January 18, 2019
In a recent article, we talked about how to compose an effective solo. As a great teacher once taught me that means "speaking in sentences" with your instrument. At first, I found his advice difficult to understand, but with time, I found myself listening to the great blues and jazz vocalists and trying to capture their words and expressions with my guitar. I never have quite figured out how to make my guitar shout the way Aretha Franklin did in her song "I Never Loved a Man" as she sang that heart-rending lyric, "How could you hurt me so bad?!?" But I learned a lot of ways to make similar statements in my own playing- and isn't that the point of trying? Therefore, learning to speak with your instrument is crucial. And knowing when to be silent is equally important. Let's talk about music in space- not the 'outer space' kind, but the space between words.
"A wise man holds his tongue, therefore even a fool is thought to be wise as long as he remains silent," says the biblical book of Proverbs. You don't have to be religious to appreciate the wisdom in this saying. So, when you are learning to speak with your instrument, never underestimate the power of leaving space between your phrases. When you listen to those great old blues and jazz vocalists, you might not even notice the spaces between lines. After all, when speaking (or singing), everybody has to breathe; the spaces are automatic.
Sing Along with Your Solos
In the same way, try to play your instrument as though it needs to breathe. It won't sound very natural if you fill every spot between the chorus and the last verse with shredding, no matter how good you are! Even Yngwie Malmsteen left breathing room in his solos, and still managed to squeeze in an awful lot of notes. If he can do it, so can you! But learning to do it automatically like a singer takes a little bit of practice. A good place to start is learning how to scat sing along with your solos. Singing scat is a technique of vocal improvisation where the vocalist imitates a musical instrument and creates an ad-lib solo using sounds and syllables but not words. Guitarists sometimes use the same technique, singing along with their improvised solos. A famous example is George Benson's amazing solo on "This Masquerade" (if this doesn't instantly evoke memories in your musical soul, go find the track immediately- you've missed out). Now if you learn to sing along with your own solos, you will naturally leave room to breathe between phrases. Once you have the idea, you will always hear your own solos in sentences and space will be built-in from the outset. Interestingly, this connection between your playing and breathing creates more emotion and intensity in your phrases too, just as breathing affects your speech or singing.
Putting It All Together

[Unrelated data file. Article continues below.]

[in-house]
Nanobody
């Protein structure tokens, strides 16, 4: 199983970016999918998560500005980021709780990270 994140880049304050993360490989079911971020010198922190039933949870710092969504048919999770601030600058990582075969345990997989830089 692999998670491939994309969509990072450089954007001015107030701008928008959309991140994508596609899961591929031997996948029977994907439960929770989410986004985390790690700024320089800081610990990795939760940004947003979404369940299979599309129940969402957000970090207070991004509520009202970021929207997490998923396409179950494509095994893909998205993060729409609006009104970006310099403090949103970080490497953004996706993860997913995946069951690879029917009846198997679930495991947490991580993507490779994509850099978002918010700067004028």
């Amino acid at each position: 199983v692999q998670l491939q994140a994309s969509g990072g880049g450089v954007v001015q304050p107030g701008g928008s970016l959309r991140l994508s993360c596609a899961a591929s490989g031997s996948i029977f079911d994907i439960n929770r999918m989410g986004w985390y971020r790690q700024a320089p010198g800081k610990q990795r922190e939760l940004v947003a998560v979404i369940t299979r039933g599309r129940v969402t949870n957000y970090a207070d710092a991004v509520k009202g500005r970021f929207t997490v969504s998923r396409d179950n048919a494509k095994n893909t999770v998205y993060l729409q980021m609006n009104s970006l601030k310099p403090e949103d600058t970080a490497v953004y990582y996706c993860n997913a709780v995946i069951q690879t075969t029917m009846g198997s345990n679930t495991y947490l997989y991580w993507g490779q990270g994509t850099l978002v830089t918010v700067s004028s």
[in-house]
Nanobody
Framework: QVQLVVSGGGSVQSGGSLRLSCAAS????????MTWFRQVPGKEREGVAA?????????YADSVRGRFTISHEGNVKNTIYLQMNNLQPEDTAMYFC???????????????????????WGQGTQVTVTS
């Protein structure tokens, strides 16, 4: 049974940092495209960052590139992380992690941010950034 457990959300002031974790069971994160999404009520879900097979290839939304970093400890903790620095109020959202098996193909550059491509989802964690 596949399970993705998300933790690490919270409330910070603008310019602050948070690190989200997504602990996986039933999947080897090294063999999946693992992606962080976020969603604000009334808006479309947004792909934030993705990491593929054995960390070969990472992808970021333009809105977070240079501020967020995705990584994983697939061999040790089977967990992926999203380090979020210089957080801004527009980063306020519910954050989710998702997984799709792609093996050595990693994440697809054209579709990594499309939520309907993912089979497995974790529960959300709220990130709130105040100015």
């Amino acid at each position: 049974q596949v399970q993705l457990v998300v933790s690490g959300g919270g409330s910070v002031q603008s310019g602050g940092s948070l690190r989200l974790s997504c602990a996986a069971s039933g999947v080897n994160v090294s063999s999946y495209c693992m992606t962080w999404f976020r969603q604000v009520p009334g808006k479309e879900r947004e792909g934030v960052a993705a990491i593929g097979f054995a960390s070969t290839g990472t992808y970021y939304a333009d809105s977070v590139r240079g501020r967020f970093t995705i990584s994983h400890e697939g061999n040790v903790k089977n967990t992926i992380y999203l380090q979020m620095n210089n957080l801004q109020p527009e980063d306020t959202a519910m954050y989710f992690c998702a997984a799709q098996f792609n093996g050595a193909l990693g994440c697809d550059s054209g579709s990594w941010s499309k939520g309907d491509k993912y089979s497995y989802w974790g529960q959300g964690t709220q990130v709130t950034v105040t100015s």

Once you have taught yourself this technique, you won't have to sing along with your solos in order for them to 'breathe,' it will become automatic. However, many great musicians, from George Benson to Oscar Peterson, to Jimi Hendrix sing along with their solos. Another great side effect of this technique is that once you are thinking like a singer, you may recognize a great number of very simple riffs and phrases that are very effective even though they aren't necessarily flashy. On "This Masquerade," there are certainly many impressively quick riffs. But notice how much of the solo is really very basic blues chops; a lot of Benson's phrases are short and sweet, often repetitive, yet varied in their subtlety. This happens because the most effective vocal lines are usually basic hooks, rather than fancy chops. More people know the chorus of "It's the End of the World As We Know It" by R.E.M. than they do the verses, right? And you'll also notice that it is the pauses and the 'breathing' in that song which really make it effective.You will always be able to shred, but you will find that it means more in the greater context of telling a story. Speaking in sentences will help you connect with your audience as you solo and inspires you to include greater depth of emotion in everything you play. Otherwise, artificial intelligence would have overtaken living musicians by now! Breathing makes you human, and it humanizes your playing as well. What are some of your favorite scat solos? Which vocalists have inspired your playing the most? Let us know in the comments below.
June 17, 2021
When it comes to strapping in for a live show, it’s relatively straight forward to dial in an electric guitar. After all, there are no acoustic resonances to worry about, and the instrument is designed to be reinforced and loud.
Acoustic guitars, on the other hand, are subtle creatures which can be a little harder to tame on stage. Here, we’ll go over some basics for using an acoustic on stage, which should be helpful if you haven’t done it before or if you’re having a hard time dialing in a good sound.
May 11, 2021
May 07, 2021
Now that quality PA systems are common and creating a stereo image in a live setting isn’t hard at all, there are probably some keyboardists out there who aren’t even aware that such a thing as a keyboard amp exists. Yet, there was once a time when keyboards were mostly treated just like guitars, with a stage amp a necessary part of the keyboard rig.
The question is – is a keyboard amp still necessary?
Here are a few reasons you might want a keyboard amp – and some you may not.
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"Make a joyful noise unto the Lord all of the earth; make a loud noise and rejoice and sing praises. Sing to the Lord with the harp and the voice of the psalm." - Psalm 98:4-5